to each eye of the viewer for true stereoscopic depth cues.
For realtime video input of remote environments, two miniature
CCD video cameras are used to provide stereoscopic imagery.
Development and evaluation of several head-coupled, remote camera
platform and gimbal prototypes is in progress to determine optimal
hardware and control configurations for remotely controlled
camera systems. Research efforts also include the development
of realtime signal processing technology to combine multiple
video sources with computer generated imagery.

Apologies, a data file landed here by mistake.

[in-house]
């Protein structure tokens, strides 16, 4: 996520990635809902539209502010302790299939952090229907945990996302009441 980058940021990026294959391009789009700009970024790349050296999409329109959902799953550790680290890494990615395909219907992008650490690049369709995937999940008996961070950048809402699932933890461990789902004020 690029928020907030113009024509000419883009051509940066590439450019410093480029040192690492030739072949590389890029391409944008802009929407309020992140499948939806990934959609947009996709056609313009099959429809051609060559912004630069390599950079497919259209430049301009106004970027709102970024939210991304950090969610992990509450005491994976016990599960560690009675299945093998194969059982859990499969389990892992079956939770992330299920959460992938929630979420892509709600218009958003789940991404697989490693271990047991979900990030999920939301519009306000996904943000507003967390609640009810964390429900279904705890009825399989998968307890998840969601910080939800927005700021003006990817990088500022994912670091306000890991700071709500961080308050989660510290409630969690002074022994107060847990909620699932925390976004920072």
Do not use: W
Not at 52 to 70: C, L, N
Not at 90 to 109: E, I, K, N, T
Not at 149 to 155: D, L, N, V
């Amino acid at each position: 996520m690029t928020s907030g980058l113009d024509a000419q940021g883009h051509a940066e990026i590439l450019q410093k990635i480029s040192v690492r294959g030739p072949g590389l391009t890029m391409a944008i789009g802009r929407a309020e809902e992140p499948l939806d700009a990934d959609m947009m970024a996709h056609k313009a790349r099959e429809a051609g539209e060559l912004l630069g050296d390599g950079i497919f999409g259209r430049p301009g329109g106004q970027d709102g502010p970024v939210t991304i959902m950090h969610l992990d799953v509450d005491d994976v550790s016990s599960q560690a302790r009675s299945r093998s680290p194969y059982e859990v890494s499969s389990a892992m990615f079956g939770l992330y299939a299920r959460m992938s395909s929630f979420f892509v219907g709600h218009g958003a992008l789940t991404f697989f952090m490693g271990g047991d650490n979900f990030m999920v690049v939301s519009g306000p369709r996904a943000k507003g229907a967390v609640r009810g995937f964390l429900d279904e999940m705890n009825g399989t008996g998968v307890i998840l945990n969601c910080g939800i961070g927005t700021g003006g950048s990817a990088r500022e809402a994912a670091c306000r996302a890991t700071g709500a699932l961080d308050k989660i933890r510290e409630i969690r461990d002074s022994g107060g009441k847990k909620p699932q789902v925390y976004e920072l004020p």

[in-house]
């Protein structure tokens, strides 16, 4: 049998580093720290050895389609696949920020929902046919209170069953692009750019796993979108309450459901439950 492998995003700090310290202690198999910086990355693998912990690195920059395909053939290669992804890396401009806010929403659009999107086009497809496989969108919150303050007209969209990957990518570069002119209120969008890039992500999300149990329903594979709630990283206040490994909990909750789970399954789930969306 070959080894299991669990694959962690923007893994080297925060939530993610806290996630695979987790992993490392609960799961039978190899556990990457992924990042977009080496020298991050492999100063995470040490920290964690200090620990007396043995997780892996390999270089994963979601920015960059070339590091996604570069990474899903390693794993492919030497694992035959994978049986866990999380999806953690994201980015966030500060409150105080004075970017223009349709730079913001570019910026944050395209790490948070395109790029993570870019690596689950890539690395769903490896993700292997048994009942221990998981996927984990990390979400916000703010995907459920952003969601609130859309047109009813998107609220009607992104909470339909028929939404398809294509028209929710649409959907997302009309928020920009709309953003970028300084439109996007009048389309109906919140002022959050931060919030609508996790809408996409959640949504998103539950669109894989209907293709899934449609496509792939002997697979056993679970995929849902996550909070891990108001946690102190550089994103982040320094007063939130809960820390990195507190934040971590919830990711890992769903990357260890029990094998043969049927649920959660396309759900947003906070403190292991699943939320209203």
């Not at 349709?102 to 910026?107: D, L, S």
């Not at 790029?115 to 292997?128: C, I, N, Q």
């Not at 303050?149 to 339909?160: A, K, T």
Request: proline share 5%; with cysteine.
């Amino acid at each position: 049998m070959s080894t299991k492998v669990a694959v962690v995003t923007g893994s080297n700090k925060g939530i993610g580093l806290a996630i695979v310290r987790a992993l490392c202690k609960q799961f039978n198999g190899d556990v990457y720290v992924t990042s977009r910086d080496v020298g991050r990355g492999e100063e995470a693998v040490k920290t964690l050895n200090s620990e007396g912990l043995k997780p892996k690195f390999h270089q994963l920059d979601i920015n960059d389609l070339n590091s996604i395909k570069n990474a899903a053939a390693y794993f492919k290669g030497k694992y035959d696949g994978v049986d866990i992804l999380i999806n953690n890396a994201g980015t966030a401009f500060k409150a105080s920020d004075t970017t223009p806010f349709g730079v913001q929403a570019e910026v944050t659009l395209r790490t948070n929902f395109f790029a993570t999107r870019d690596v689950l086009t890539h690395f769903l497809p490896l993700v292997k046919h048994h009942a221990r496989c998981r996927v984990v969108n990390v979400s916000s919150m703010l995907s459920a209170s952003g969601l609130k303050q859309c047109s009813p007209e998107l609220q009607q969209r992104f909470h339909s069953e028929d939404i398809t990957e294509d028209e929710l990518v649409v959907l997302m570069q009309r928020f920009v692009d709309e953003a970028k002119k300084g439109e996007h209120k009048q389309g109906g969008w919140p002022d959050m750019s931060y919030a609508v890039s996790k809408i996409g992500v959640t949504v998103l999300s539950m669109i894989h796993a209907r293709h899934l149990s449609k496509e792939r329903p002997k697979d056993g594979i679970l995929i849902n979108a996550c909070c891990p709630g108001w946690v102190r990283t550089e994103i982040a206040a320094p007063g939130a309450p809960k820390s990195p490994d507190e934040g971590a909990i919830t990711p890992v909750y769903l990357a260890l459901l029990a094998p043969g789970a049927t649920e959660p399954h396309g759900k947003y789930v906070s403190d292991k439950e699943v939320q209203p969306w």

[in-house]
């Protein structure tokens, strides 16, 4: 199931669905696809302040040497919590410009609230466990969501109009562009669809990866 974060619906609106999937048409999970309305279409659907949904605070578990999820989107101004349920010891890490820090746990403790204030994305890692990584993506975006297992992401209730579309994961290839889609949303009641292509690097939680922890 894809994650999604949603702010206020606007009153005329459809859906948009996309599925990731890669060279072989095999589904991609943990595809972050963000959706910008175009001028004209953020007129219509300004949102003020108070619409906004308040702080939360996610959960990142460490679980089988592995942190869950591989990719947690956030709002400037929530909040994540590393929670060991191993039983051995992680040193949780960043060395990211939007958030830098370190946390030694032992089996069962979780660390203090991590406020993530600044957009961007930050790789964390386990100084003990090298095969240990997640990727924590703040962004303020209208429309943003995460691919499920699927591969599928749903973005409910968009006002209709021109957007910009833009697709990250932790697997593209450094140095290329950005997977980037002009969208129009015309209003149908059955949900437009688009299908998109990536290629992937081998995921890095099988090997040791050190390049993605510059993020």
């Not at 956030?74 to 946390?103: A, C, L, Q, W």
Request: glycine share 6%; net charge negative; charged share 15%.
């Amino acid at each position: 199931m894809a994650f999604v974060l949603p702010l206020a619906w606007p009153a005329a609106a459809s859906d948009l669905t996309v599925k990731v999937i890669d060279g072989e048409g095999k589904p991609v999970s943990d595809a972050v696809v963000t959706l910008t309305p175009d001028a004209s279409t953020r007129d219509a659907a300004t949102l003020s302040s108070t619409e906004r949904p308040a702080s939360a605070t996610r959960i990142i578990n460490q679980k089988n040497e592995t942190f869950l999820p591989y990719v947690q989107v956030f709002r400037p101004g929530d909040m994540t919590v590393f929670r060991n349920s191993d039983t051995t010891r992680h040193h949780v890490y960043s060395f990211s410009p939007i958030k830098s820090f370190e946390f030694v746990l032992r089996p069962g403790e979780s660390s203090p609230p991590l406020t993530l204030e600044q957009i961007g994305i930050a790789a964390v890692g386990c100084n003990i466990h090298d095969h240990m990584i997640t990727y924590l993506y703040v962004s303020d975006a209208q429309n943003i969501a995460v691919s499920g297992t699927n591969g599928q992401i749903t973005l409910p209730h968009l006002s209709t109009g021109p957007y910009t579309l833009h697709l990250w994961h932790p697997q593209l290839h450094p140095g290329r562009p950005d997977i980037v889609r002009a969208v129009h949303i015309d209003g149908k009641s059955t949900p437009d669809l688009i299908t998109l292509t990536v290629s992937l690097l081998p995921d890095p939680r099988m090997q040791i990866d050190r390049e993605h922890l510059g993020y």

4. VIRTUAL ENVIRONMENT APPLICATIONS
Application areas of the virtual
interface environment research at NASA Ames are focused in two
main areas - Telepresence and Dataspace:
- The VIEW system is currently used to interact with a simulated
telerobotic task environment. The system operator can call up
multiple images of the remote task environment that represent
viewpoints from free-flying or telerobot-mounted camera platforms.
Three-dimensional sound cues give distance and direction information
for proximate objects and events. Switching to telepresence
control mode, the operator's wide-angle, stereoscopic display
is directly linked to the telerobot 3D camera system for precise
viewpoint control. Using the tactile input glove technology
and speech commands, the operator directly controls the robot
arm and dexterous end effector which appear to be spatially
correspondent with his own arm. [FIGURE 2].
- Advanced data display and manipulation concepts for information